пятница, 22 декабря 2017 г.

OSPF with no backbone area...

Vsem privet and Hello everybody,

This blog post is a very important one. I've promised once to write something in English... So, it's a good time to fulfill it. Some kind of Christmas mystery, you know. 

This year was tough and I'm pretty tired to be honest. I want something funny and a little bit mind-blowing. It's time to go crazy... The subject says it all. )

 

What is the purpose of an area0?

What, indeed! We all know that every area in OSPF domain must be connected with the backbone area. It could be physical or logical connection. It's the how the OSPF is ensured that the route between different areas is loop free. OSPF is a link-state protocol, but it uses the distance-vector approach between the areas. The internal router has no idea about topology in other areas. It has only the way through ABR to reach the destination. And it suppose to be loop free because every area is going to be connected to the backbone area. This forms a star topology.


But, what if... what if there is no backbone area configured? Guess what happens next?

There is some differences between Cisco and Juniper in how the OSPF works on these platforms. Let's start with Juniper.

Juniper

Ok. Let's grab four Juniper SRX boxes and interconnect them like this...


The topology is pretty simple except of one nuance... There is no backbone are. Here we have four areas which forms some kind of ring.

It's time to configure it. First of all, we need to set hostname and turn the firewall to the router.

set system host-name Ox
delete security
set security forwarding-options family inet6 mode packet-based
set security forwarding-options family mpls mode packet-based
set security forwarding-options family iso mode packet-based
commit and-quit
request system reload

Next step is to set up basic interface parameters along with OSPF configuration.

O1


interfaces {
    ge-0/0/0 {
        unit 0 {
            family inet {
                address 10.0.12.1/30;
            }
        }
    }
    ge-0/0/1 {
        unit 0 {
            family inet {
                address 10.0.14.1/30;
            }
        }
    }
}
routing-options {
    router-id 1.1.1.1;
}
protocols {
    ospf {
        area 0.0.0.12 {
            interface ge-0/0/0.0 {
                interface-type p2p;
            }
        }
        area 0.0.0.14 {
            interface ge-0/0/1.0 {
                interface-type p2p;
            }
        }
    }
}

O2


interfaces {
    ge-0/0/0 {
        unit 0 {
            family inet {
                address 10.0.12.2/30;
            }
        }
    }
    ge-0/0/1 {
        unit 0 {
            family inet {
                address 10.0.23.1/30;
            }
        }
    }
}
routing-options {
    router-id 2.2.2.2;
}
protocols {
    ospf {
        area 0.0.0.12 {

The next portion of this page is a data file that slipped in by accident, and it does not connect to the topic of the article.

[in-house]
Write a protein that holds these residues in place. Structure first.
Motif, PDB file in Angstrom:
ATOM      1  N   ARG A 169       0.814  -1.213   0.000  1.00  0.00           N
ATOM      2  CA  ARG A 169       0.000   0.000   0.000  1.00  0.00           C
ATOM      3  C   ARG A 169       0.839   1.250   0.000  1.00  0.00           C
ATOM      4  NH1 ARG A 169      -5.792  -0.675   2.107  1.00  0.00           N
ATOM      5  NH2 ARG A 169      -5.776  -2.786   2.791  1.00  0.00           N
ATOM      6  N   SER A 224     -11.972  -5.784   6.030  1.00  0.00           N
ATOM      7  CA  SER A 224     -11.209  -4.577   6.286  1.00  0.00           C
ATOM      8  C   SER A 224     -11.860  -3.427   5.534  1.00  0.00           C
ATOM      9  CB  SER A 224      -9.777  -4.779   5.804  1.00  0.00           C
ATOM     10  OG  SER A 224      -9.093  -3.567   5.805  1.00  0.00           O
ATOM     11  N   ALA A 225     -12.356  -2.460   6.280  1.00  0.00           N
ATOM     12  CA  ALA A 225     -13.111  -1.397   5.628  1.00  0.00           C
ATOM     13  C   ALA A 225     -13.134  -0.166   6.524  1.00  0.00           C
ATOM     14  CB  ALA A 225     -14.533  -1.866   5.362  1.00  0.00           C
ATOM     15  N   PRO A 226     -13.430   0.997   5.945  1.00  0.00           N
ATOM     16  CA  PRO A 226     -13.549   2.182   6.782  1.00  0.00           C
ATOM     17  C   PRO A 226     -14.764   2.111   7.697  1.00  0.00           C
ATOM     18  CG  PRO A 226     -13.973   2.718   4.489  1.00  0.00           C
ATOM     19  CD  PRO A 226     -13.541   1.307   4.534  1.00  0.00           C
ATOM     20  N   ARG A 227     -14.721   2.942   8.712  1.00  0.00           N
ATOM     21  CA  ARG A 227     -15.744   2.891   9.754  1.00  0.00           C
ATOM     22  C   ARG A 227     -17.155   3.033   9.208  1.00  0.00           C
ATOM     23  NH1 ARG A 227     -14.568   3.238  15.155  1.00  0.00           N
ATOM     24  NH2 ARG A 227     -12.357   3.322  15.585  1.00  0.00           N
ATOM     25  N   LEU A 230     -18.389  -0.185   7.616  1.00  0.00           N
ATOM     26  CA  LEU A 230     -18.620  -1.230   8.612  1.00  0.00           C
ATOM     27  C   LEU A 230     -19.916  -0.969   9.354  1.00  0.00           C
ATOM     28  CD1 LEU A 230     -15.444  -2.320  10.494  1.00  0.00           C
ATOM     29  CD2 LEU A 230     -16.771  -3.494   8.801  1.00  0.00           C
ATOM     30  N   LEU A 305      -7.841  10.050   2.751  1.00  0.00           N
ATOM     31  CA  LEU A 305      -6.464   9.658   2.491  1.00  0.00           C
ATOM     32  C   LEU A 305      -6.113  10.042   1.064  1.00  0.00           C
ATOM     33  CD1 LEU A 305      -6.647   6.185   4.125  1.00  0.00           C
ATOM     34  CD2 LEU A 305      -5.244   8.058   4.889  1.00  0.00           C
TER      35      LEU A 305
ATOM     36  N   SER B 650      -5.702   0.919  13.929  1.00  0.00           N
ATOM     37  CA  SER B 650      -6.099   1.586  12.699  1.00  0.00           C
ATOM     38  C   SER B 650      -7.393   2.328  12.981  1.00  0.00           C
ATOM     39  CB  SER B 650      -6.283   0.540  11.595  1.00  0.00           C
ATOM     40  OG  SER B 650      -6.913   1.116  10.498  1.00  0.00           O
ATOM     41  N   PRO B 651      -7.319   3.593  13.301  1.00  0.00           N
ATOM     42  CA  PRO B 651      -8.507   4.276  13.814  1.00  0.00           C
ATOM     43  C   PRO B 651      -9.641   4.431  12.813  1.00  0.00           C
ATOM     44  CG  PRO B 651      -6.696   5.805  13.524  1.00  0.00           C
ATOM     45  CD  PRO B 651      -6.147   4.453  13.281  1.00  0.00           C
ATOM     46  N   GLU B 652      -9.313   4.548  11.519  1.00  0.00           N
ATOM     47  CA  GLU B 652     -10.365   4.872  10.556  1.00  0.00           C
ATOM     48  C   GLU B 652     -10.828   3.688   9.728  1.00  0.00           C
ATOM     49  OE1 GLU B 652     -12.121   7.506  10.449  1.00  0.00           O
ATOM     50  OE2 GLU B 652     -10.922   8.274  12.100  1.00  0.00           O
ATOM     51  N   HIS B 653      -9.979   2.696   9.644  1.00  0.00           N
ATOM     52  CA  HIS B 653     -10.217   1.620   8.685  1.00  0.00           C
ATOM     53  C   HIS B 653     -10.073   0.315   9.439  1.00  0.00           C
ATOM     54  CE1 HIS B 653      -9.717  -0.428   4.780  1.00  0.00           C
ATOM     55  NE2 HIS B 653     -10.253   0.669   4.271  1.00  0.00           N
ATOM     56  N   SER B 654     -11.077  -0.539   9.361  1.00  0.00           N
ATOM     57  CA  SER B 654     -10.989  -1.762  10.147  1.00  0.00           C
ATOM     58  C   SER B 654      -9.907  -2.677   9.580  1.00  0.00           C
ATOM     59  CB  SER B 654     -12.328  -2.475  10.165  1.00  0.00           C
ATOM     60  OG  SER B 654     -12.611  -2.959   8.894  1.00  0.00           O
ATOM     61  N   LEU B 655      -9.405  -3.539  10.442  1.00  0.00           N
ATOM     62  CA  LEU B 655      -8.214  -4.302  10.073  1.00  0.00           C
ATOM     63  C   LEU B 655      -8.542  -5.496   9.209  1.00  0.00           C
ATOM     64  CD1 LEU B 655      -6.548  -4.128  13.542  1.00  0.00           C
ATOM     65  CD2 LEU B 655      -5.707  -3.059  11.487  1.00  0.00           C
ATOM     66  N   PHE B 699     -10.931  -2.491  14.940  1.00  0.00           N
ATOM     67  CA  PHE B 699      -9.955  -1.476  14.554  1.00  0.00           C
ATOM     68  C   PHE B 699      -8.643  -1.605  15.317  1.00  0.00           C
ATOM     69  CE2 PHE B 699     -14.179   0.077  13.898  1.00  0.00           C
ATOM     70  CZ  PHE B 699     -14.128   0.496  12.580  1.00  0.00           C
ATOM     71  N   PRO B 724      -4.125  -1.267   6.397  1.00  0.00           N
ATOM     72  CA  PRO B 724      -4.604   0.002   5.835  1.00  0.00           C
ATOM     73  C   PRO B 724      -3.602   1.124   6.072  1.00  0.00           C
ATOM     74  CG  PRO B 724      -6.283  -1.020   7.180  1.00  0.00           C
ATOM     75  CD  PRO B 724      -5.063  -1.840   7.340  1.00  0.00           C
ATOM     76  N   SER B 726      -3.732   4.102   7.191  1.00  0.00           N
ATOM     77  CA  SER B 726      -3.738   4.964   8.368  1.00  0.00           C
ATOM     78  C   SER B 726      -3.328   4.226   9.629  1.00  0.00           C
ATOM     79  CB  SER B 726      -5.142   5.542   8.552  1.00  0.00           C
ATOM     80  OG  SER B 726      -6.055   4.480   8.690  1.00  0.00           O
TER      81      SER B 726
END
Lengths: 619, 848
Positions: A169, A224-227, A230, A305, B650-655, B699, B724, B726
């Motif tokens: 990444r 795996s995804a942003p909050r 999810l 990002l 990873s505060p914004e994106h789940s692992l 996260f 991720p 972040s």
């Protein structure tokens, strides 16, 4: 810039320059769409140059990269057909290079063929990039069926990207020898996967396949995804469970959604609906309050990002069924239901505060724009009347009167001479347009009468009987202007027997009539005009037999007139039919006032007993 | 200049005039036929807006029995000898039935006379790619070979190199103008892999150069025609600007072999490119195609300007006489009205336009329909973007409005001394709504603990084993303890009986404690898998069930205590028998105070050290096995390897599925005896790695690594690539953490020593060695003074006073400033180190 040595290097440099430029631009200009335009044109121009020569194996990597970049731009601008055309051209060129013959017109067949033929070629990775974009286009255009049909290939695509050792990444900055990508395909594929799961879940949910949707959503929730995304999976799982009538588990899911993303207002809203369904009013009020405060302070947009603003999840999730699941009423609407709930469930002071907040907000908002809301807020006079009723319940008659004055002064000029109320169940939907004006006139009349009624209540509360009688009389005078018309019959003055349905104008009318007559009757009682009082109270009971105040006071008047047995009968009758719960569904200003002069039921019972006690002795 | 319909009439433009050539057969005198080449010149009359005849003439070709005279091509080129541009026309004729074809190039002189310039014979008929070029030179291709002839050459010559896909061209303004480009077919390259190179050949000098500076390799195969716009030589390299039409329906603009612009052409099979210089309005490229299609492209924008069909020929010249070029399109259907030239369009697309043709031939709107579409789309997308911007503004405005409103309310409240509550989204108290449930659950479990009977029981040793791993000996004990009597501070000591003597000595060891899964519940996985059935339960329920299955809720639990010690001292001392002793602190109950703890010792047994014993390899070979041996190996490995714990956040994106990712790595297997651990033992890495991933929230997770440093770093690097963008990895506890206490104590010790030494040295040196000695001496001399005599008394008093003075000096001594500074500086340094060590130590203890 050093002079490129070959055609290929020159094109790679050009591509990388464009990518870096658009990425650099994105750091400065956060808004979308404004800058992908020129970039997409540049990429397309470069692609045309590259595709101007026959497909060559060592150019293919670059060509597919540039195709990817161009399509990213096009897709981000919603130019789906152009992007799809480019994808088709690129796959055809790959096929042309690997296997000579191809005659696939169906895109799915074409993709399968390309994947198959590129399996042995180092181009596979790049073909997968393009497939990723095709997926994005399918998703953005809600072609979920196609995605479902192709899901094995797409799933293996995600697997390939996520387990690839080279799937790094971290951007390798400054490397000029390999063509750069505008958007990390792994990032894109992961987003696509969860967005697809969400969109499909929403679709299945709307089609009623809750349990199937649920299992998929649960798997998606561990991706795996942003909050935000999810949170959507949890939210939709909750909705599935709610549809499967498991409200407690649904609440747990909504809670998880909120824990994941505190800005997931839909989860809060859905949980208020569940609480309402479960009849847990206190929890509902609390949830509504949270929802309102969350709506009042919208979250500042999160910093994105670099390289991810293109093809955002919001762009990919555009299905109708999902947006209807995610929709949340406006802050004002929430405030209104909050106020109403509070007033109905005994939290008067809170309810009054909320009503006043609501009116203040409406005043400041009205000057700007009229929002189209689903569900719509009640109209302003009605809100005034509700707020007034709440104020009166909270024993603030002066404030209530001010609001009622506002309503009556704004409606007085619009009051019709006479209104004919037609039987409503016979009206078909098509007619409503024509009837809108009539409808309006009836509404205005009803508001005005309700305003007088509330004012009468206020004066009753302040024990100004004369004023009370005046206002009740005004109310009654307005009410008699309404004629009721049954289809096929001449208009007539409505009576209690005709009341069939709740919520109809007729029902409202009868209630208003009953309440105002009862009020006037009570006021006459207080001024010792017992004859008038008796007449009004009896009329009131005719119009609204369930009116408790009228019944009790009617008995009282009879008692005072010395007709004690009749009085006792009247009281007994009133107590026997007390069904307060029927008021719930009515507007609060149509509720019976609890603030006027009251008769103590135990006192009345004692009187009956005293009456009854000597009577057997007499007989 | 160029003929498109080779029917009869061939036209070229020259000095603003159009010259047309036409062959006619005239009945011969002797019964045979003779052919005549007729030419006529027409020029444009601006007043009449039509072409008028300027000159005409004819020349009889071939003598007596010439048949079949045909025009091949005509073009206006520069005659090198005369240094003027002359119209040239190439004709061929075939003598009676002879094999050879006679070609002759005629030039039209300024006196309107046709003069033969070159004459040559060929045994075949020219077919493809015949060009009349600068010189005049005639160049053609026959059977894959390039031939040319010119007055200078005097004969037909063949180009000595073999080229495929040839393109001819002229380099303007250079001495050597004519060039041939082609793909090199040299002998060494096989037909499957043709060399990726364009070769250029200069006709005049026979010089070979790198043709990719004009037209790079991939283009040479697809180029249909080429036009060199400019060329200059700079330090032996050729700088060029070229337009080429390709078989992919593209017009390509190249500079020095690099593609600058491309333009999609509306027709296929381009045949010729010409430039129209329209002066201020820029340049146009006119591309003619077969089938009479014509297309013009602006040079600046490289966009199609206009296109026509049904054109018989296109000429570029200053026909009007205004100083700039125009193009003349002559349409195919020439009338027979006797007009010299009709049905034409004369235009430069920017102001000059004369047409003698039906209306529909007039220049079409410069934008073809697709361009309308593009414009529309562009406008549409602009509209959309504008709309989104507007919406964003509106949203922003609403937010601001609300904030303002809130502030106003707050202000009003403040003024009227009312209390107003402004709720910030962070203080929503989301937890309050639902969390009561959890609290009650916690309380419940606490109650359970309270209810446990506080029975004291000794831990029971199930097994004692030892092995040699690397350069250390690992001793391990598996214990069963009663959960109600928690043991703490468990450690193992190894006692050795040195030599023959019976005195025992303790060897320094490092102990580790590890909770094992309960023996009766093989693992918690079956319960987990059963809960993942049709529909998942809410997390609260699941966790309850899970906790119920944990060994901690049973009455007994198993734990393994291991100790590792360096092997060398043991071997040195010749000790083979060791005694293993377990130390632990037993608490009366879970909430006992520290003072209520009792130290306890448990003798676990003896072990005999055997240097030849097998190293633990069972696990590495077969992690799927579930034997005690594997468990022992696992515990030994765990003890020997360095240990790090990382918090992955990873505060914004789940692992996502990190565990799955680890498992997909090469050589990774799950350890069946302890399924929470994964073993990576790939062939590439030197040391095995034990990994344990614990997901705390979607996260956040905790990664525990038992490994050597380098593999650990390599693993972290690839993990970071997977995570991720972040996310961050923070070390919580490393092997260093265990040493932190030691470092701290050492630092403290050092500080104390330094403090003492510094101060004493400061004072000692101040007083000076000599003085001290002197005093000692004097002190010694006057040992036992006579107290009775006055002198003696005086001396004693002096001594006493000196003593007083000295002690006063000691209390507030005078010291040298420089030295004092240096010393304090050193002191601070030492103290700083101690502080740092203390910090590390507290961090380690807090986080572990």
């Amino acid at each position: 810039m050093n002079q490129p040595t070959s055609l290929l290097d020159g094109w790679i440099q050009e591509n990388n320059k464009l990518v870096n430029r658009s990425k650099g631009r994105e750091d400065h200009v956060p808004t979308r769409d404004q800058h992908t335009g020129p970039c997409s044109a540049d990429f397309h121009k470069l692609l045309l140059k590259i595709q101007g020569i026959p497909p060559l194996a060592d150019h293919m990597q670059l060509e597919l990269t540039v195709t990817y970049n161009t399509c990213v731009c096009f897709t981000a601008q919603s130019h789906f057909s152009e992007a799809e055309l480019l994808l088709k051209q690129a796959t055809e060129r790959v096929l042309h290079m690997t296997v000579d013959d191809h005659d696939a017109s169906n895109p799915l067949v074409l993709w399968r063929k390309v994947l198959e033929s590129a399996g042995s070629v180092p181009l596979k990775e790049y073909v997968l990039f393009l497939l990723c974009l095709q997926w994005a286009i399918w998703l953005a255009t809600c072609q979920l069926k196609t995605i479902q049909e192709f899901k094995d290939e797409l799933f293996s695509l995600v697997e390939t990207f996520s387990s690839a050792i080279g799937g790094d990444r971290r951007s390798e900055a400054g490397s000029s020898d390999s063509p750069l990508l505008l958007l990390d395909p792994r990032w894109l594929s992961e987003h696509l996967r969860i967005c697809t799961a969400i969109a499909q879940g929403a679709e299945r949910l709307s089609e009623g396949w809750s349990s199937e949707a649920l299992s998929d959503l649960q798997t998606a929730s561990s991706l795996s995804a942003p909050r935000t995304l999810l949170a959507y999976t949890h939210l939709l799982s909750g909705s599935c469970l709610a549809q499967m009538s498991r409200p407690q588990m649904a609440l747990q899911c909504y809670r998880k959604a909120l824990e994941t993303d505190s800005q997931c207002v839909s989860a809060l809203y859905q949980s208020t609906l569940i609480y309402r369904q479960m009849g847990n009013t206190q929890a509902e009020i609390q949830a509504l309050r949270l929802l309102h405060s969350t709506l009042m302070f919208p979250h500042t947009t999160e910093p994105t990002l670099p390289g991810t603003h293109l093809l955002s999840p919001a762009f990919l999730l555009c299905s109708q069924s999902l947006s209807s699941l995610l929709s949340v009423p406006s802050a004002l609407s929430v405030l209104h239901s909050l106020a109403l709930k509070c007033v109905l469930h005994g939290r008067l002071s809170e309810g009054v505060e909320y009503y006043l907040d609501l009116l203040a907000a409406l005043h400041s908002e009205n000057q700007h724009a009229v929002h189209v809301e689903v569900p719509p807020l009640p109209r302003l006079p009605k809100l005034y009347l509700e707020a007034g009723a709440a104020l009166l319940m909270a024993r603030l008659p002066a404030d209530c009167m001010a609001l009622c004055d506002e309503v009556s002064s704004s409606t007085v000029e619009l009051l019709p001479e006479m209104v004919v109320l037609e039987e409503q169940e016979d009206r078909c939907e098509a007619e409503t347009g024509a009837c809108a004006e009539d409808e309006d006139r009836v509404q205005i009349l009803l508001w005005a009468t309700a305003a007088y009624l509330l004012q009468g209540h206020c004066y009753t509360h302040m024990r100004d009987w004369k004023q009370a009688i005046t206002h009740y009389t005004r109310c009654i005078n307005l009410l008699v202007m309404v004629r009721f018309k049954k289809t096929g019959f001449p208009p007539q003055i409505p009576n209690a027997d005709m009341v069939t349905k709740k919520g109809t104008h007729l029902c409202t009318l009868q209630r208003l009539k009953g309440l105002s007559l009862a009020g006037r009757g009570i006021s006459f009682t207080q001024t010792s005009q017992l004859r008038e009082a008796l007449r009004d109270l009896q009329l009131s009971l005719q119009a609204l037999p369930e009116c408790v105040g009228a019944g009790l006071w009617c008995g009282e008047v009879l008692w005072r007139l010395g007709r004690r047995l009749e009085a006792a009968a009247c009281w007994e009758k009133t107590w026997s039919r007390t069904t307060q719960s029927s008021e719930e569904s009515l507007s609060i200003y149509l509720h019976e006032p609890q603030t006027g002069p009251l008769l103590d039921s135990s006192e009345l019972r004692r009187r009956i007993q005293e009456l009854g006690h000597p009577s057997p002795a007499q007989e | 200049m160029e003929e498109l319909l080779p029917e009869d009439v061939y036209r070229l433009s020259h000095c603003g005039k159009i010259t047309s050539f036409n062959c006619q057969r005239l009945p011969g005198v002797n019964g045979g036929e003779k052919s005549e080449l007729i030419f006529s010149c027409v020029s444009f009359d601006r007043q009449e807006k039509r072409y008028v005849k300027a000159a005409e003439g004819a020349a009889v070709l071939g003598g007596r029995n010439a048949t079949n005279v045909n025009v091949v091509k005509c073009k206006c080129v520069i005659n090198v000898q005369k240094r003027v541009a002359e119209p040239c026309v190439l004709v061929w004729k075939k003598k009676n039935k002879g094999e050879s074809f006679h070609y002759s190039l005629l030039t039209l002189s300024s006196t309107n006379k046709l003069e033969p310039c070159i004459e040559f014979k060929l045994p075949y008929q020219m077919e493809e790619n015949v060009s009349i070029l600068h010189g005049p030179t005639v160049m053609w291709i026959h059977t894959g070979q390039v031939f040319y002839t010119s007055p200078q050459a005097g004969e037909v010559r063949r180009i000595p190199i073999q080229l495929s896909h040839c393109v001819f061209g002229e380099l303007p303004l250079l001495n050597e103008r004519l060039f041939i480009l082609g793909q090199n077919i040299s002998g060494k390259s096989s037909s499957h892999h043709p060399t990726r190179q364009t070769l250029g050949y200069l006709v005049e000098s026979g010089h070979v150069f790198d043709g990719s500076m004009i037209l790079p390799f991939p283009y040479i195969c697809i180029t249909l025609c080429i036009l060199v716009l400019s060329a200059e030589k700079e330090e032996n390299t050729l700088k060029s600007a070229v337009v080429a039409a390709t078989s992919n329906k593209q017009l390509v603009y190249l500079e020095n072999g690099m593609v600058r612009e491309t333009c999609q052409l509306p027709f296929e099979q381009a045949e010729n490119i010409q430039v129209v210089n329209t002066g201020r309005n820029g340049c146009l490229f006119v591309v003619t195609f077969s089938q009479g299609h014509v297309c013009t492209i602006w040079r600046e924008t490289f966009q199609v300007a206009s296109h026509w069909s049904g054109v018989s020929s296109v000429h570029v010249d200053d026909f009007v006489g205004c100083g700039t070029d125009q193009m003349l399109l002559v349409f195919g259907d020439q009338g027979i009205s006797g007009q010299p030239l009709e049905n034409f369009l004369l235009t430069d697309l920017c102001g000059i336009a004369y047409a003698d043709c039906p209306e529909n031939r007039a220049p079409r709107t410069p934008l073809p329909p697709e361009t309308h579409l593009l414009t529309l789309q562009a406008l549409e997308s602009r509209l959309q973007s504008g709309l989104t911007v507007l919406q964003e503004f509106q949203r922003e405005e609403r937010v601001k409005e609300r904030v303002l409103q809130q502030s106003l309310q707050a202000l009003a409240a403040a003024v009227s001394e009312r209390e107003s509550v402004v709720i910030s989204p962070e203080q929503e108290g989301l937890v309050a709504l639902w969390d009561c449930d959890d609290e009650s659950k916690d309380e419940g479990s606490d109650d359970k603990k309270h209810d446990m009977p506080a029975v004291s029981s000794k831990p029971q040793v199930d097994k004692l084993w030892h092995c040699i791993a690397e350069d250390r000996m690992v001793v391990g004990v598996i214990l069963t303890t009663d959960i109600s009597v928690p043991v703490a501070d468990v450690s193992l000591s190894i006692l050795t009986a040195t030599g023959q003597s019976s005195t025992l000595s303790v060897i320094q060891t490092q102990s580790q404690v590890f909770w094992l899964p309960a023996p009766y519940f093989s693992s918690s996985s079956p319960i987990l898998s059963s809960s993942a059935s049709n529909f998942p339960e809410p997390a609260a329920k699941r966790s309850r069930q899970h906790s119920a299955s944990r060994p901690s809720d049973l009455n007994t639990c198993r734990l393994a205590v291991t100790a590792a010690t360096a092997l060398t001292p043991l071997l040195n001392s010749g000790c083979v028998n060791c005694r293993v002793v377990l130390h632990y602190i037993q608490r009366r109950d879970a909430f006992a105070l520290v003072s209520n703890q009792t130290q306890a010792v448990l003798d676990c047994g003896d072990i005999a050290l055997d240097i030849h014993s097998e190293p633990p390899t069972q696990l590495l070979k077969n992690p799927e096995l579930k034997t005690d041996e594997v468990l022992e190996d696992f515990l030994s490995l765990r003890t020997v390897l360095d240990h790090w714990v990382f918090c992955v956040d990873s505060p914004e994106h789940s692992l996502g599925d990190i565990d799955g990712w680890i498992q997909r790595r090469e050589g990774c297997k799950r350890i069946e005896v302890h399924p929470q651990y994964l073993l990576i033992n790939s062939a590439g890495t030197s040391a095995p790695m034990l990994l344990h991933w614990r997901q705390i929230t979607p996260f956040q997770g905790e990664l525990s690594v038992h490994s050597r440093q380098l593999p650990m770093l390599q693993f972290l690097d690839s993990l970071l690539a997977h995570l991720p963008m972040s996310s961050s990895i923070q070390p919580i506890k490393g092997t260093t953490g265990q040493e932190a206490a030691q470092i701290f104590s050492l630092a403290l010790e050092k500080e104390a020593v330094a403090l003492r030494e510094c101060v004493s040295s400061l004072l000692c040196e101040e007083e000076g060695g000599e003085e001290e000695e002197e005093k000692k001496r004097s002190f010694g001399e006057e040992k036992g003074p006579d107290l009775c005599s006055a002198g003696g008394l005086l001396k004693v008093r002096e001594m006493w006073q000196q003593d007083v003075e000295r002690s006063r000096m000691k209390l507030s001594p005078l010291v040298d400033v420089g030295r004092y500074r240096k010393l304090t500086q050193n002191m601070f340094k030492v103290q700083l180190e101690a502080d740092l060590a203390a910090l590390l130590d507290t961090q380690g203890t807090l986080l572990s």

interface ge-0/0/0.0 {
                interface-type p2p;
            }
        }
        area 0.0.0.23 {
            interface ge-0/0/1.0 {
                interface-type p2p;
            }
        }
    }
}

O3


interfaces {
    ge-0/0/0 {
        unit 0 {
            family inet {
                address 10.0.23.2/30;
            }
        }
    }
    ge-0/0/1 {
        unit 0 {
            family inet {
                address 10.0.34.1/30;
            }
        }
    }
}
routing-options {
    router-id 3.3.3.3;
}
protocols {
    ospf {
        area 0.0.0.23 {
            interface ge-0/0/0.0 {
                interface-type p2p;
            }
        }
        area 0.0.0.34 {
            interface ge-0/0/1.0 {
                interface-type p2p;
            }
        }
    }
}

O4


interfaces {
    ge-0/0/0 {
        unit 0 {
            family inet {
                address 10.0.34.2/30;
            }
        }
    }
    ge-0/0/1 {
        unit 0 {
            family inet {
                address 10.0.14.2/30;
            }
        }
    }
}
routing-options {
    router-id 4.4.4.4;
}
protocols {
    ospf {
        area 0.0.0.34 {
            interface ge-0/0/0.0 {
                interface-type p2p;
            }
        }
        area 0.0.0.14 {
            interface ge-0/0/1.0 {
                interface-type p2p;
            }
        }
    }
}

Checking the neighbors table on O4. Everything is fine.


Then database table on O1... Oh my goodness, seems it works. We have all necessary LSAs on this box. O2 (RID 2.2.2.2) is kindly informing us about 10.0.23.0/30 network by generating Summary LSA into area 12. 


Can we ping it? Sure enough.


Great. Hold on a second. Why is the O2 spreading Summary LSA across the areas? The answer is simple. Because the O2 is the Area border router. Every router in this topology has an ABR role.


This is the remarkable difference between Juniper and Cisco platforms.

A Juniper box considers itself as an ABR if it has interfaces belonging to two or more areas.

Back to our example. O2 generate LSA Type3 for area 12. O2 behaves as a typical ABR.

How about Cisco?

A typical Cisco router considers itself as an ABR if it has interfaces belonging to two or more areas, but it also must have at least one interface towards backbone area.